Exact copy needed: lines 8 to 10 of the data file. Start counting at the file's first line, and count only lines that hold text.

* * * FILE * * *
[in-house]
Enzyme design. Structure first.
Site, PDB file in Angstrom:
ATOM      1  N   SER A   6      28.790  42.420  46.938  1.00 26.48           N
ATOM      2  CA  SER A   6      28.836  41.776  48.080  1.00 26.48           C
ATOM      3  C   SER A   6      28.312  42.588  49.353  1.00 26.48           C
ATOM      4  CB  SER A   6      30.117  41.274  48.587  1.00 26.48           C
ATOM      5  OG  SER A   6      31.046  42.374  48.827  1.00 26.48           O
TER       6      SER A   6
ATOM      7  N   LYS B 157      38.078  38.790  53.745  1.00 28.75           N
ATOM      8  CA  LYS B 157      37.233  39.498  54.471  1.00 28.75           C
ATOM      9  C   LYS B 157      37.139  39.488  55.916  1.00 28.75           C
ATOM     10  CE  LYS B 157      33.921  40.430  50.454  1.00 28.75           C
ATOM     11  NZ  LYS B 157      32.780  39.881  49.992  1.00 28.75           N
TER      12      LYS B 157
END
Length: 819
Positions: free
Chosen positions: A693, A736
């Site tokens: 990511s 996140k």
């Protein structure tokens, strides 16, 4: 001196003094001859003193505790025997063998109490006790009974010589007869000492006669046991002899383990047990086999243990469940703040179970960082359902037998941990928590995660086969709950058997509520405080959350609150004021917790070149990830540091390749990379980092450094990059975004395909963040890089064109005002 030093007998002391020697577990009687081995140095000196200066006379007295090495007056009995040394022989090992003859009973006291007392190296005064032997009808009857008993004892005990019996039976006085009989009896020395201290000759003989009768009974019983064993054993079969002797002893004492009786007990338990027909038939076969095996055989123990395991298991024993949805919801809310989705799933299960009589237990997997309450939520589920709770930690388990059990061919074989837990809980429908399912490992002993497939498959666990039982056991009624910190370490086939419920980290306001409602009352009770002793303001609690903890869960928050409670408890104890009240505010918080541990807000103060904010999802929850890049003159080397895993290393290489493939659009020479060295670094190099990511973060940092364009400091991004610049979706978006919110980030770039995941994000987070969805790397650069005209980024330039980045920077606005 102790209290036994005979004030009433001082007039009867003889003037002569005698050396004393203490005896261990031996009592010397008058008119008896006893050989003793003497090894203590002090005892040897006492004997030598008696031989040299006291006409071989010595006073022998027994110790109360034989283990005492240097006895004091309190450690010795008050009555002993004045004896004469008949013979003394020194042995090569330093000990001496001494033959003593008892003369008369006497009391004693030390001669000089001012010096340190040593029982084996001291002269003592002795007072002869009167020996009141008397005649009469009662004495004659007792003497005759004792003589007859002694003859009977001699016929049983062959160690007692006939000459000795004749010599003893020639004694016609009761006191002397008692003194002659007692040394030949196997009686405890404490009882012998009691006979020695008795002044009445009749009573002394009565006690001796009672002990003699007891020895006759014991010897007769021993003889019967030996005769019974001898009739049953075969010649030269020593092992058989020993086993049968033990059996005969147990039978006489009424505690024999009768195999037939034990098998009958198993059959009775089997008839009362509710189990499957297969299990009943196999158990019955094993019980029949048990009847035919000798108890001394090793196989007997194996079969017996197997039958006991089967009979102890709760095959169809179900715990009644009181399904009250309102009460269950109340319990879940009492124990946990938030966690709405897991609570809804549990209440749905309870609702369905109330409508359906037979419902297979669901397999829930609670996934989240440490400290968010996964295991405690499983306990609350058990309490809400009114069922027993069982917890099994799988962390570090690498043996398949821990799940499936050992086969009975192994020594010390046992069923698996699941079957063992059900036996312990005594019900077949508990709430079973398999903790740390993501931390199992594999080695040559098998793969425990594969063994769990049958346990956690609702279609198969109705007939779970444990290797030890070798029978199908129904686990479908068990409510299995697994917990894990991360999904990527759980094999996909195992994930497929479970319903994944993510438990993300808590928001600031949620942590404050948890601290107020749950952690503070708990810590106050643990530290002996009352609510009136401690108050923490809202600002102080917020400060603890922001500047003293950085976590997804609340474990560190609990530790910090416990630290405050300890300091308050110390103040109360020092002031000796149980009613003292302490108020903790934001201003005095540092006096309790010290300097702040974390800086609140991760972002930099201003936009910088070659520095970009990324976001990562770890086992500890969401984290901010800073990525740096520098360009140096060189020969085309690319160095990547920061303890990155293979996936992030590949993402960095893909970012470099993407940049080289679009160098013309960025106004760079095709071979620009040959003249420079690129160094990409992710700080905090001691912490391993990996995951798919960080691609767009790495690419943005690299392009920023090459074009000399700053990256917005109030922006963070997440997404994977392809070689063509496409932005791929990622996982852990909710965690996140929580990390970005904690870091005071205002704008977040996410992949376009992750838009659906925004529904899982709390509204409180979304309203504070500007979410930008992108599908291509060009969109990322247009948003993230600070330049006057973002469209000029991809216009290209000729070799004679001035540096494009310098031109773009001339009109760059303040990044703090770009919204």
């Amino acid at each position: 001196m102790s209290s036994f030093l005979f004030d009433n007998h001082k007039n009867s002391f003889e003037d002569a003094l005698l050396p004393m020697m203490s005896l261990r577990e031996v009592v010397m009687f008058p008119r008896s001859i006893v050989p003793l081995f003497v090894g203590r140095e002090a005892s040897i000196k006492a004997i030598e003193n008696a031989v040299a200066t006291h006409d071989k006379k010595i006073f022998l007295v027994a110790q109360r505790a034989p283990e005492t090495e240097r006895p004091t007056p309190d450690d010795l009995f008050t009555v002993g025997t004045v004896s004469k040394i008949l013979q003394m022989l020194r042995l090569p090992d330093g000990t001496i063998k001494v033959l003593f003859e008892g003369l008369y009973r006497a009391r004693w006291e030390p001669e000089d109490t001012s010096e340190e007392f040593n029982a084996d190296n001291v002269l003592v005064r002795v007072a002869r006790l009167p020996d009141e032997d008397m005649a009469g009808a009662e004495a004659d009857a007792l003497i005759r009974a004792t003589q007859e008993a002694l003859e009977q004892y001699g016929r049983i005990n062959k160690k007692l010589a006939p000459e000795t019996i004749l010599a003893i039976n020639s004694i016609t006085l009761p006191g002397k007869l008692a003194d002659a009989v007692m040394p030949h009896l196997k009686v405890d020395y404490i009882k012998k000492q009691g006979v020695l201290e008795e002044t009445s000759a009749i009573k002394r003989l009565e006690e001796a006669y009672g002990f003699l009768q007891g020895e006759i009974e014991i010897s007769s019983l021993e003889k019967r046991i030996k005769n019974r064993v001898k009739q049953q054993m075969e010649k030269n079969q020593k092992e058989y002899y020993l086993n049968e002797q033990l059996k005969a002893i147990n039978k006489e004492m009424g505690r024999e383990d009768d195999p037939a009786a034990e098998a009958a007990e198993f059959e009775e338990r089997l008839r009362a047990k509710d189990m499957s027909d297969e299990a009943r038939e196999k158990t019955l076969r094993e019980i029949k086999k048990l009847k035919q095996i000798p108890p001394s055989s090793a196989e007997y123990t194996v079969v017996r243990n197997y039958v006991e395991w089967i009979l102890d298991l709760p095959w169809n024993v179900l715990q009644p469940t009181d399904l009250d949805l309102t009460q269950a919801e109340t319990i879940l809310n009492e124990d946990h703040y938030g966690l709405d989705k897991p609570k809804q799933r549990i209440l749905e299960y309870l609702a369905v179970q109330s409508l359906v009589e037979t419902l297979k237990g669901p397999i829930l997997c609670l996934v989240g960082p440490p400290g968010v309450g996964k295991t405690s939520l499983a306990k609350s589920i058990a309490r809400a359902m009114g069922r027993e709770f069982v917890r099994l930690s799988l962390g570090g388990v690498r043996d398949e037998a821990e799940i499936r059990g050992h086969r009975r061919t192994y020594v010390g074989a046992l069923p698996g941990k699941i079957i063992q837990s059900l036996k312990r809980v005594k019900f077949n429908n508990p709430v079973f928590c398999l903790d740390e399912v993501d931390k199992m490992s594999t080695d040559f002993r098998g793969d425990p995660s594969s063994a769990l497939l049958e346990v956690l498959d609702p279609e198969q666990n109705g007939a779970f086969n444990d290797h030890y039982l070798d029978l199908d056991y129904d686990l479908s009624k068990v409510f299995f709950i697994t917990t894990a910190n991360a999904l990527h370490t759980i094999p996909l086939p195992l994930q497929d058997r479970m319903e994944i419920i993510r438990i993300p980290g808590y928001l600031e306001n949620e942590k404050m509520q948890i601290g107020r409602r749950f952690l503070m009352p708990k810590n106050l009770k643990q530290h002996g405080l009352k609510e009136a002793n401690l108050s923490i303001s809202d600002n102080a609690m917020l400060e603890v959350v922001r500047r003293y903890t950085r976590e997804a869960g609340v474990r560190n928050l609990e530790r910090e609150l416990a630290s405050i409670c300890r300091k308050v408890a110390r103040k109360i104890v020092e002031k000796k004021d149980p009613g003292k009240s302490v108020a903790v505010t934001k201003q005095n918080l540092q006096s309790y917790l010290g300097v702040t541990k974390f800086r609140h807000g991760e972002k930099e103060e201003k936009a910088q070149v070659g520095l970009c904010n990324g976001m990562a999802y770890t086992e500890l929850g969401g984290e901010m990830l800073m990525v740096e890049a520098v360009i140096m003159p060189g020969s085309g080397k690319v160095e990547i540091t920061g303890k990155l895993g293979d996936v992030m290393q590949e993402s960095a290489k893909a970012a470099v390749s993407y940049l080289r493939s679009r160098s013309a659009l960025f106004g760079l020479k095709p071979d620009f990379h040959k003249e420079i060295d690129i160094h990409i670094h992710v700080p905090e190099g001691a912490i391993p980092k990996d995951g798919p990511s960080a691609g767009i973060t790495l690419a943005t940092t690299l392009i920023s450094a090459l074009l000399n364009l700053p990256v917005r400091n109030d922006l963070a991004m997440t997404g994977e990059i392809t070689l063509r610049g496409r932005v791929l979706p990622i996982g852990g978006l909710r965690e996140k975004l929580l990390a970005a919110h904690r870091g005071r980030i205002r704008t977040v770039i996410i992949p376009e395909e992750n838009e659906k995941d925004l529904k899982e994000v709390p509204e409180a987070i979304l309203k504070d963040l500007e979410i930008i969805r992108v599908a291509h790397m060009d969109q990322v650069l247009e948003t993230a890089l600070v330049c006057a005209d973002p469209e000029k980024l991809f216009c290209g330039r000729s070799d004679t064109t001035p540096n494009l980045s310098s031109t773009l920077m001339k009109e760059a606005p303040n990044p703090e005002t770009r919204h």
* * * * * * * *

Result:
ATOM      5  OG  SER A   6      31.046  42.374  48.827  1.00 26.48           O
TER       6      SER A   6
ATOM      7  N   LYS B 157      38.078  38.790  53.745  1.00 28.75           N